Forensic experts said on Tuesday they have unearthed about 1,000 skeletal remains of Bosnian victims of the 1995 Srebrenica massacre in a mass grave.
Documents recovered from the grave in this village dubbed “Death Valley” showed the victims were from Srebrenica, forensic experts said.
The eastern enclave was under United Nations protection when it was overrun by Bosnian Serb forces near the end of the 1992-95 war.
“Almost 90 percent of all remains had traces of bullet shots and some victims were blindfolded with rope-tied hands,” said Vedo Tuco, standing on the edge of a muddy grave where white-clad forensic pathologists marked and cleaned up bones.
Experts had hoped to complete the exhumations Wednesday but say the work which started two months ago will finish next week.
Tuco said some of the remains were of 14-to-15-year-old boys. The victims were killed at three locations near Srebrenica and transferred to the village of Kamenica from the original graves three months after the execution, he added.
More than 8,000 Muslim men and boys were killed in Srebrenica. Bosnian Serb General Ratko Mladic, indicted on genocide charges for the atrocity, is still on the run.
Bosnian Serbs first buried the bodies near the execution sites but then dug out many of them with bulldozers and reburied them in “secondary” mass graves in an attempt to hide the crime.
“There is a complete chaos in this mass grave. Some of the remains that we found here will probably be re-associated with the bodies that we had exhumed from other mass graves discovered in this village,” Tuco said.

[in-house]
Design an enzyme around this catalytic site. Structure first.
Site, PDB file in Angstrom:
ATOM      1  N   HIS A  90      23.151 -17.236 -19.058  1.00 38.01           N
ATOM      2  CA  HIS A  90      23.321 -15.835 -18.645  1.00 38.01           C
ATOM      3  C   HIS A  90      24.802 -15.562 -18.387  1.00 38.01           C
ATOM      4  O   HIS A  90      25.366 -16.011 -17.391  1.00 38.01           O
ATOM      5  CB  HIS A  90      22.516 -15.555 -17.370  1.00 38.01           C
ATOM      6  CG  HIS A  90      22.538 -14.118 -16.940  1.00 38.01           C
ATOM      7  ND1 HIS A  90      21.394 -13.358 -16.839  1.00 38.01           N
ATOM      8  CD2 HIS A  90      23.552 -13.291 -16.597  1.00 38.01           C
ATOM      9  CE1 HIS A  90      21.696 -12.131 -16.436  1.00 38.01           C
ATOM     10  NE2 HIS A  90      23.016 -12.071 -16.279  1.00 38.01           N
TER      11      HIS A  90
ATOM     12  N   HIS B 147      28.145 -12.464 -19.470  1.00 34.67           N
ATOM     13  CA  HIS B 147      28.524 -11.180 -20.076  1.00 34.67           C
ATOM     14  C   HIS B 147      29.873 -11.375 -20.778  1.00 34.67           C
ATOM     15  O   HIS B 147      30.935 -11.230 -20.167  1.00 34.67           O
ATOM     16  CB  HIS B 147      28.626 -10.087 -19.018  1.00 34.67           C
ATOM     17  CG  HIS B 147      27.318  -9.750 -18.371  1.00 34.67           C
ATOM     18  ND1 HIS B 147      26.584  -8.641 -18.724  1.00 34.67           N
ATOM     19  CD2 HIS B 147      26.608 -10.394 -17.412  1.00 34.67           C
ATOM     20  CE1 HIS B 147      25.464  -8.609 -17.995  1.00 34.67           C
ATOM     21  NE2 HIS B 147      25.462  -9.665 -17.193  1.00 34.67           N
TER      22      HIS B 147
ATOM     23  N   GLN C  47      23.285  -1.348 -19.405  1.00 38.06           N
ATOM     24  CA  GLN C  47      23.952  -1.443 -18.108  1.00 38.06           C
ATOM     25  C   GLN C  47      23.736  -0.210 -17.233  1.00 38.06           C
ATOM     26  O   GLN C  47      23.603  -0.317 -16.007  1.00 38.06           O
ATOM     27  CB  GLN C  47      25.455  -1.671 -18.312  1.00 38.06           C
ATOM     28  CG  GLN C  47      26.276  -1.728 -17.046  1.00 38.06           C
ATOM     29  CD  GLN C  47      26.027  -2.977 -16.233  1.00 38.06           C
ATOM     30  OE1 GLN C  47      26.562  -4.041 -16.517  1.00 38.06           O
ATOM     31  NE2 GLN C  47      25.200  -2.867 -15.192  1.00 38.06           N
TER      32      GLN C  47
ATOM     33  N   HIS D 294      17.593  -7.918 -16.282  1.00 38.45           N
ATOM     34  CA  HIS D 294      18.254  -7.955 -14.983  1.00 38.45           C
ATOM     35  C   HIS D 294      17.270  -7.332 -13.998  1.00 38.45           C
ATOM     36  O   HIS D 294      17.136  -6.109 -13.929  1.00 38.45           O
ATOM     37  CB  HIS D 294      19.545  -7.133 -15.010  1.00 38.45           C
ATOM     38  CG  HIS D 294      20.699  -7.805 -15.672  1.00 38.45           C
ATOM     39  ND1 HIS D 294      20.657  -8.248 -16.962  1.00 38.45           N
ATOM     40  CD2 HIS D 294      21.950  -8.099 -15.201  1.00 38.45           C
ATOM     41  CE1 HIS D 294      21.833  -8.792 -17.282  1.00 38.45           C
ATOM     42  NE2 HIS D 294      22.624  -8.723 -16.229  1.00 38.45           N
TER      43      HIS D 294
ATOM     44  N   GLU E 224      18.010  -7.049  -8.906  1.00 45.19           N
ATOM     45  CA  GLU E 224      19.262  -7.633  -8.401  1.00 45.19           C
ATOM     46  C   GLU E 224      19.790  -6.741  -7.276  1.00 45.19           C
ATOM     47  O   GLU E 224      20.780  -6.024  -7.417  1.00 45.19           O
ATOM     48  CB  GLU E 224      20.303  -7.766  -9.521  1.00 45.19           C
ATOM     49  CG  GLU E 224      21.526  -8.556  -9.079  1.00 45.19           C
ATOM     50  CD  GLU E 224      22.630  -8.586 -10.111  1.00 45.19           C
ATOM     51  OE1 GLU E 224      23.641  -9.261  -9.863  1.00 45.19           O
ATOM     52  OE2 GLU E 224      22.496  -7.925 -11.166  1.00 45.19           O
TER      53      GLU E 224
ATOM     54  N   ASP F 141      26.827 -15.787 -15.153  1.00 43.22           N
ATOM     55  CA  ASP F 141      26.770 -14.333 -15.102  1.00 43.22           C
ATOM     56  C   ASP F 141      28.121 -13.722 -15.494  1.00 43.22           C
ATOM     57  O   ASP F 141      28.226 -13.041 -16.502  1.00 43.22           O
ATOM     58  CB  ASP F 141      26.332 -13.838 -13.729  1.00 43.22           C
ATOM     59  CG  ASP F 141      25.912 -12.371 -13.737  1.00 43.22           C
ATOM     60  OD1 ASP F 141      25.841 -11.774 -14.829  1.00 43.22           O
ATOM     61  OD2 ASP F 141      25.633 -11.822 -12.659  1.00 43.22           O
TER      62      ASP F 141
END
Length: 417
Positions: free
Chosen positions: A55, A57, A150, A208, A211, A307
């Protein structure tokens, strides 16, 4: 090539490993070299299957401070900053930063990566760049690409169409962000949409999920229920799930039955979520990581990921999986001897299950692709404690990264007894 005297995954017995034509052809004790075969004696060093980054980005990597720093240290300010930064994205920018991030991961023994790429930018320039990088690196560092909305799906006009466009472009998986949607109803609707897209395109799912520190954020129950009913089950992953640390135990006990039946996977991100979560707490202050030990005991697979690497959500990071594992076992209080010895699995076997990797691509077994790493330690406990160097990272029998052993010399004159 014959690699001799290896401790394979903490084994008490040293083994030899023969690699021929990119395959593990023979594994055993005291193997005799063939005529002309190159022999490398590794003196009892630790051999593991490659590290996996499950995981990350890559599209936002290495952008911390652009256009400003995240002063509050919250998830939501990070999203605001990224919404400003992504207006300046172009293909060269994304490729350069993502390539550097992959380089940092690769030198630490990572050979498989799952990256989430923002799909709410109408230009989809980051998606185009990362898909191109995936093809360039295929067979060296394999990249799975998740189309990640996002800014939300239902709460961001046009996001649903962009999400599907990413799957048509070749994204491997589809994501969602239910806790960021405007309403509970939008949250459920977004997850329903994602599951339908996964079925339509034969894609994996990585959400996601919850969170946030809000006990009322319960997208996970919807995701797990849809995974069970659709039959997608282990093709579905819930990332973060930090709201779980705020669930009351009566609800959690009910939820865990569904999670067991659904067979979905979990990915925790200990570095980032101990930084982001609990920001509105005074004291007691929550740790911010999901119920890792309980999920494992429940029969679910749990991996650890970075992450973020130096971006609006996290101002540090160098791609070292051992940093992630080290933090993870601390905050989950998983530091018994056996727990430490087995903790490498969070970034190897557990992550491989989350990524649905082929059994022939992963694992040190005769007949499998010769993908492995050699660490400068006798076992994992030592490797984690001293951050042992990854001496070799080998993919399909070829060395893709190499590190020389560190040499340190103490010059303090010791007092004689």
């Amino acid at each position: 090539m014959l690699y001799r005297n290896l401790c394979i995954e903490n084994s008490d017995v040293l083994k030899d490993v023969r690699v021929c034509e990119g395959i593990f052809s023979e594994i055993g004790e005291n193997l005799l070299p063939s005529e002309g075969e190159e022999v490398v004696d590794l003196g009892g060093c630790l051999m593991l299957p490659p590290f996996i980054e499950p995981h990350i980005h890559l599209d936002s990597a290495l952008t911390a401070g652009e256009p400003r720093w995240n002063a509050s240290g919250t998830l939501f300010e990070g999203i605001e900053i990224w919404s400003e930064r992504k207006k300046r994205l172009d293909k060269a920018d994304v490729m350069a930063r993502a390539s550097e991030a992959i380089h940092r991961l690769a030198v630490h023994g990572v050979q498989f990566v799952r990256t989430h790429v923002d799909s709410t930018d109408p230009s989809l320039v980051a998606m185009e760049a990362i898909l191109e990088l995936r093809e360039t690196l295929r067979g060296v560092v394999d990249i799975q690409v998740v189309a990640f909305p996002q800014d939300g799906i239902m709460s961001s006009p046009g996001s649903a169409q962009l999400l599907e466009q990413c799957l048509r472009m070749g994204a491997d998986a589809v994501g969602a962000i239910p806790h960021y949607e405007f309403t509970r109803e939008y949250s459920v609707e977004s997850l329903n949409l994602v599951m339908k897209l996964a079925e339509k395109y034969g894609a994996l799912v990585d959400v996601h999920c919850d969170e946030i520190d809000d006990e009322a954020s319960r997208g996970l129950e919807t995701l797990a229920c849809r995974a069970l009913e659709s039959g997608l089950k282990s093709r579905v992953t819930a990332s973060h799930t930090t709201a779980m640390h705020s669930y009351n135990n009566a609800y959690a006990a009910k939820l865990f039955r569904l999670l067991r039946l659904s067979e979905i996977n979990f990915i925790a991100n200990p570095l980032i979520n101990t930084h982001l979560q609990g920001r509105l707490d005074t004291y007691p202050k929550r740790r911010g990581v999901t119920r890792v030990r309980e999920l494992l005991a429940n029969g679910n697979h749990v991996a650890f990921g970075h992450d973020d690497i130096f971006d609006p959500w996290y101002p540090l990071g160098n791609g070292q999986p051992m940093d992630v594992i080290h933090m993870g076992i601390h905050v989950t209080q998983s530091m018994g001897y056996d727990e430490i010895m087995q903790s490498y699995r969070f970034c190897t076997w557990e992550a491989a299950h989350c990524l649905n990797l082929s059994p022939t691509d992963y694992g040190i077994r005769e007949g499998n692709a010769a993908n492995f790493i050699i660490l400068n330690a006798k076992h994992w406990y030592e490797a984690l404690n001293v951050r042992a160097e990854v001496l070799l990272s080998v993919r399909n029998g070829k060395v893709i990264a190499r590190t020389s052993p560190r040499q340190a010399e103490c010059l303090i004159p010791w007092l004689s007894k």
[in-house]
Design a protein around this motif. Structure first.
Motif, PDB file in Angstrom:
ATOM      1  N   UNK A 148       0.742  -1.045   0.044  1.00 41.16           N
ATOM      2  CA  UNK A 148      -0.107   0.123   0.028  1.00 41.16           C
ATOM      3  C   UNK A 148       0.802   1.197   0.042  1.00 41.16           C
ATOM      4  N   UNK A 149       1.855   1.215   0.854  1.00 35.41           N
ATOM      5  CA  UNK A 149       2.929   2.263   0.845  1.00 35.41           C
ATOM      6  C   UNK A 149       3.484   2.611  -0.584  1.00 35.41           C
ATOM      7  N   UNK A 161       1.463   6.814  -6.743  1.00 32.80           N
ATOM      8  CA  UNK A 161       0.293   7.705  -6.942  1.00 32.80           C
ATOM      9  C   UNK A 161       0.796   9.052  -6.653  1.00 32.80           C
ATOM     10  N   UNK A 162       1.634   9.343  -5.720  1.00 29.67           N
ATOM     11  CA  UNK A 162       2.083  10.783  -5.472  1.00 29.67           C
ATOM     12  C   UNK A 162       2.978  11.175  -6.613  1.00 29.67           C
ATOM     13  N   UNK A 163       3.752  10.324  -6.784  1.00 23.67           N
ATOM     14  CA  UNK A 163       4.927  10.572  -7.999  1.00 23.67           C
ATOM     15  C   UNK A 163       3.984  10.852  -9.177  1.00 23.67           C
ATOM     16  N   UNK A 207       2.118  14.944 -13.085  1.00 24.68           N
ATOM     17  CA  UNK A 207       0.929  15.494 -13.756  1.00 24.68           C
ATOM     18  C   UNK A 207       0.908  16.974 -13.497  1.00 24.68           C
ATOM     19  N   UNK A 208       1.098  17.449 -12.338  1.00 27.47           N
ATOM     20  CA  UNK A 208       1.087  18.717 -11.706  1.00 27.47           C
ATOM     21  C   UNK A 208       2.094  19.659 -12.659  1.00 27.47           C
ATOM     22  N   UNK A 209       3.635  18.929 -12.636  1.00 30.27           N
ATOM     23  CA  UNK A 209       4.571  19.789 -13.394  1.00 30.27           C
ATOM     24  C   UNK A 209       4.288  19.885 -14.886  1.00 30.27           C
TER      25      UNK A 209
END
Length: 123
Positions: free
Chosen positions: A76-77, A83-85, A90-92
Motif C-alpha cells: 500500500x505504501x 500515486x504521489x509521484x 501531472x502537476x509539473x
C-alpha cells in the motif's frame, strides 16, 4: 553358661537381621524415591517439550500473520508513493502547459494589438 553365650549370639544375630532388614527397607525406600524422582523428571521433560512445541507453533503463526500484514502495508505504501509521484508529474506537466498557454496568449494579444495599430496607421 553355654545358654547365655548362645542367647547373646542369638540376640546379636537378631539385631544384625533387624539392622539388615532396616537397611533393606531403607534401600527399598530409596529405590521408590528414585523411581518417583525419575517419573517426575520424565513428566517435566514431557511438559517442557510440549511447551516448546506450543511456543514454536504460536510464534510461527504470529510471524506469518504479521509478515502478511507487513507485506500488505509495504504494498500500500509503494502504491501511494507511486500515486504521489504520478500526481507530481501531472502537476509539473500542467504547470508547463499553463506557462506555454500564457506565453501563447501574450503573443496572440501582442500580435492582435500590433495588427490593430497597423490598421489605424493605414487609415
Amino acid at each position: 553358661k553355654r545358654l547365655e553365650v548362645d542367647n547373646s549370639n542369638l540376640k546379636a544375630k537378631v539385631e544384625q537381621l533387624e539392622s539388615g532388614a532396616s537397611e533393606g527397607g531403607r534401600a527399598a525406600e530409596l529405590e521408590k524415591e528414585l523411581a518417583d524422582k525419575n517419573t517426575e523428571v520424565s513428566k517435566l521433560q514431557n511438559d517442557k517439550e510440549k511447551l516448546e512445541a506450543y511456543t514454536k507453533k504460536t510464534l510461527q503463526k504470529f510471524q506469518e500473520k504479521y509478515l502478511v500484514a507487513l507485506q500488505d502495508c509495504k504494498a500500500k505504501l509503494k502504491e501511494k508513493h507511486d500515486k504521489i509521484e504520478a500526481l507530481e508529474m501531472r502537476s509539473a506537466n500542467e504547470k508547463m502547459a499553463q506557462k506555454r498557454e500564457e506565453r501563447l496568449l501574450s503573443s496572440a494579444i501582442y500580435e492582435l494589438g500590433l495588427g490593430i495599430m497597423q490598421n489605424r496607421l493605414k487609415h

There are 12 mass graves in a strip of land about 7-km (four miles) long, located beside the sole road in this remote and almost deserted village, mainly on Muslim land. Mass graves unearthed earlier yielded around 3,000 body parts.
“They probably thought that nobody would ever return here and discover the crime,” Tuco said. He said another mass grave has been located in the village but digging will likely start in the spring because of bad winter weather.
About 5,800 victims of Europe’s worst atrocity since World War Two have been identified through DNA analysis but they can be reburied only after 70 percent of the bodily remains have been identified.
“The identification of the bodies we found here will probably take a long time because they are so dismembered and in bad shape,” Tuco said.
“It is therefore very important to dig out even the smallest body parts.”
Camila Mehmedovic, 61, a rare villager who returned to Kamenica after the war, mowed grass for her sheep from a nearby field before she learned there was a mass grave below.
“If I knew it would be like this, I would have never returned,” she said.
“Wherever I go the bones are being dug out and I cannot escape a smell of decaying bodies. This really is a Death Valley.”